Armand Guillaumin: Sunset at Ivry / Color Blind

Color Blindness Background

Using the filter we'll take a look at the current most popular palette, July, and how it is seen by those with different types of color blindness.



The normal human retina contains two kinds of light cells: the rod cells (active in low light) and the cone cells (active in normal daylight). Normally, there are three kinds of cones, each containing a different pigment. The cones are activated when the pigments absorb light. The absorption spectra of the cones differ; one is maximally sensitive to short wavelengths, one to medium wavelengths, and the third to long wavelengths (their peak sensitivities are in the blue, yellowish-green, and yellow regions of the spectrum, respectively). The absorption spectra of all three systems cover much of the visible spectrum, so it is not entirely accurate to refer to them as "blue", "green" and "red" receptors, especially because the "red" receptor actually has its peak sensitivity in the yellow. The sensitivity of normal color vision actually depends on the overlap between the absorption spectra of the three systems: different colors are recognized when the different types of cone are stimulated to different extents. Red light, for example, stimulates the long wavelength cones much more than either of the others, and reducing wavelength causes the other two cone systems to be increasingly stimulated, causing a gradual change in hue. Many of the genes involved in color vision are on the X chromosome, making color blindness more common in males than in females.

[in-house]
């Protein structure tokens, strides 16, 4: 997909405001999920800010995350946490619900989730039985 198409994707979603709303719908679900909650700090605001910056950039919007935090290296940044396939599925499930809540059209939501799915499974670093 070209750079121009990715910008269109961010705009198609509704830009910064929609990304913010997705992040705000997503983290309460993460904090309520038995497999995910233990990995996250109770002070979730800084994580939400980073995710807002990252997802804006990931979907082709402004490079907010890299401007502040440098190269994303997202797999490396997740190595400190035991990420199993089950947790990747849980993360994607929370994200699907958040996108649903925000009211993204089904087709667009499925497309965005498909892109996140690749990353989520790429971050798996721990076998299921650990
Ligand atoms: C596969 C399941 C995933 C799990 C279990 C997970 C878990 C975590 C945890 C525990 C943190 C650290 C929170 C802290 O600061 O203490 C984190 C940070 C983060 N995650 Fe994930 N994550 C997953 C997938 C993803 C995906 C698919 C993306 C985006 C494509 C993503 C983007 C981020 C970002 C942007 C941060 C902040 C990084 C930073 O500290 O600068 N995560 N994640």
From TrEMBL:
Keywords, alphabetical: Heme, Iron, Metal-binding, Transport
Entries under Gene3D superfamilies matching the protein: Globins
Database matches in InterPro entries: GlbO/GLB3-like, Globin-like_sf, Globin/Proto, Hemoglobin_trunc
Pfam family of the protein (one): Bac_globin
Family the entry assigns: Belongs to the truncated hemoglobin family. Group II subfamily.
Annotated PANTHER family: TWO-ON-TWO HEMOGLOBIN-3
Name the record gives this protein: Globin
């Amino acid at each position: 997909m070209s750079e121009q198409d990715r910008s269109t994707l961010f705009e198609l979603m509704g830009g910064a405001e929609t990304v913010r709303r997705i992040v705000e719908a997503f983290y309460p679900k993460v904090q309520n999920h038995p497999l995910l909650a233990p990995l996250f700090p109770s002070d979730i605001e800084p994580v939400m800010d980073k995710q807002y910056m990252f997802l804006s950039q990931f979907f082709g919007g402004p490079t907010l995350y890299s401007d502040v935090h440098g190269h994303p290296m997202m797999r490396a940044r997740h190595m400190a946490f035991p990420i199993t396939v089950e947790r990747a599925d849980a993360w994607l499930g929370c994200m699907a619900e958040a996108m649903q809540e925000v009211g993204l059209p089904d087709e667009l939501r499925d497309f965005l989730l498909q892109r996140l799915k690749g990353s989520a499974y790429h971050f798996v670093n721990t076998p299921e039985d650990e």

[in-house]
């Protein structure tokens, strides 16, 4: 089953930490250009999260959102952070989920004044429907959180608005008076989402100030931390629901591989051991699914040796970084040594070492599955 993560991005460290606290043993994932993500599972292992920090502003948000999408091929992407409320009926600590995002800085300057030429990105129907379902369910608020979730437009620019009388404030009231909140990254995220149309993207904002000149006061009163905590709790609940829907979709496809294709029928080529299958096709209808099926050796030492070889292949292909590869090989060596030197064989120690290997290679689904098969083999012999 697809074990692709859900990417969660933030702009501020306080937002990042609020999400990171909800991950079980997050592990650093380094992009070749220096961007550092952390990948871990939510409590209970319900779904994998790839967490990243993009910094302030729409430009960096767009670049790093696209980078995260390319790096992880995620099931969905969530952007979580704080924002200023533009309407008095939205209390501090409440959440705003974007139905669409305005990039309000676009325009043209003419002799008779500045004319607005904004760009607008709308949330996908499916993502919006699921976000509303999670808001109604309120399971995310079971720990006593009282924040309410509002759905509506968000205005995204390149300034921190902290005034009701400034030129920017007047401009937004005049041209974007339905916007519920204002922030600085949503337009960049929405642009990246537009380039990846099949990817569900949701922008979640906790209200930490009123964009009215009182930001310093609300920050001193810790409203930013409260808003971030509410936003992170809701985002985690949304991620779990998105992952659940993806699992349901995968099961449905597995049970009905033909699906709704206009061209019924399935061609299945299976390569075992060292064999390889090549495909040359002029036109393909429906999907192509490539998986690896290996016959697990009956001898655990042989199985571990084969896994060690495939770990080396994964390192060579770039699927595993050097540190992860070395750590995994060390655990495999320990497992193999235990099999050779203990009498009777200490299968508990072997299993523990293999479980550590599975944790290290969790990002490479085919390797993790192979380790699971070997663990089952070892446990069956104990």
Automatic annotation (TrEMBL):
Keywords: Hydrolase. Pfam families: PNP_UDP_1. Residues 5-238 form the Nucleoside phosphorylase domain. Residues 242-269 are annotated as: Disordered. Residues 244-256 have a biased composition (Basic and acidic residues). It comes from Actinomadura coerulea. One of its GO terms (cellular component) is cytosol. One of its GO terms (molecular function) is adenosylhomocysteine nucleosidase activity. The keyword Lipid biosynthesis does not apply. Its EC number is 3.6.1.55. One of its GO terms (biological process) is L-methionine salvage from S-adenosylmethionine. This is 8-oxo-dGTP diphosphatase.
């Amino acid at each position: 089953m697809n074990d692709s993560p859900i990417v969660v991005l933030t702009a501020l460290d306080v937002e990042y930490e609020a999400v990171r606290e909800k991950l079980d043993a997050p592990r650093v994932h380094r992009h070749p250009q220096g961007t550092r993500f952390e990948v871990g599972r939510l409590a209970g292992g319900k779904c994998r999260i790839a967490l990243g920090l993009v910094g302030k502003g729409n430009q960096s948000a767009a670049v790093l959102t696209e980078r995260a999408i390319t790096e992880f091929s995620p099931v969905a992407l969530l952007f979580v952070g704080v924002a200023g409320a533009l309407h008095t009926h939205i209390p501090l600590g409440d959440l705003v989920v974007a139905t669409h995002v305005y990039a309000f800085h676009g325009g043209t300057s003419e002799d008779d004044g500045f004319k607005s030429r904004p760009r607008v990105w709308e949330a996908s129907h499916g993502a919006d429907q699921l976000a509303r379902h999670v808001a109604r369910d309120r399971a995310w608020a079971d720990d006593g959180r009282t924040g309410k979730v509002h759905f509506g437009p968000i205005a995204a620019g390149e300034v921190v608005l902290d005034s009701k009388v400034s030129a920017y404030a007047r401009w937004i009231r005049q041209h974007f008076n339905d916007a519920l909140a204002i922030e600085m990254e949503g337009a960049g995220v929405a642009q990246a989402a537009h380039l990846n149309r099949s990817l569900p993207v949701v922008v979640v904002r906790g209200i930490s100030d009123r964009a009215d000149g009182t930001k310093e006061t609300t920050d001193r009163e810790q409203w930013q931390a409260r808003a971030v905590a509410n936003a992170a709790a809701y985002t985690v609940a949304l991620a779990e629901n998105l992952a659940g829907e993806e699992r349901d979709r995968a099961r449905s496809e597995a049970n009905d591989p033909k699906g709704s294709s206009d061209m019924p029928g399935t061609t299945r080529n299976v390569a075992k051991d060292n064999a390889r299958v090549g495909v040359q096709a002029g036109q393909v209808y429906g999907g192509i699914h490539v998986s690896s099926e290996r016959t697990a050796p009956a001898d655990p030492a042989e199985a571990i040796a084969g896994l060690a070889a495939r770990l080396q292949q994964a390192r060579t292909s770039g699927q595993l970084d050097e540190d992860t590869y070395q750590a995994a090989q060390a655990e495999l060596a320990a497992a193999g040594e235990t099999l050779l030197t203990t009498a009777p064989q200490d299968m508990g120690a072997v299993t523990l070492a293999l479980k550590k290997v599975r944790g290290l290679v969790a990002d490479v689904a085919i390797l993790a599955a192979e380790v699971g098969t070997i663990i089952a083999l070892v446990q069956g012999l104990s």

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Idée Labs: Multicolor Image Search

Idée Labs: Multicolor Image Search

Idée Labs has created a useful set of online image search tools, including a multicolor search that allows you to filter images using a palette of up to ten colors. Using a spectrum color selector, you can pick the colors you are looking for and it will return only photos that contain those colors.

Multicolr Search Lab


With the Multicolr Search Lab you are able to search up to ten different colors from a palette of 120 different shades. The search will filter through three million 'interesting' flickr photos or three million Alamy stock photos.

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Color Tools (Other Than COLOURlovers’)

Color Tools (Other Than COLOURlovers’)

Many of you here in the community are quite familiar with the color tools available on COLOURlovers (if you're new to the site a good place to start is the FAQ), but what about other helpful color tools that might exist somewhere on the internet. Well, here are two such tools: 'Name That Color' and 'Color Name & Hue', that I came across recently; one for color vocabulary and identification, the other, a helpful tool for those who are colorblind.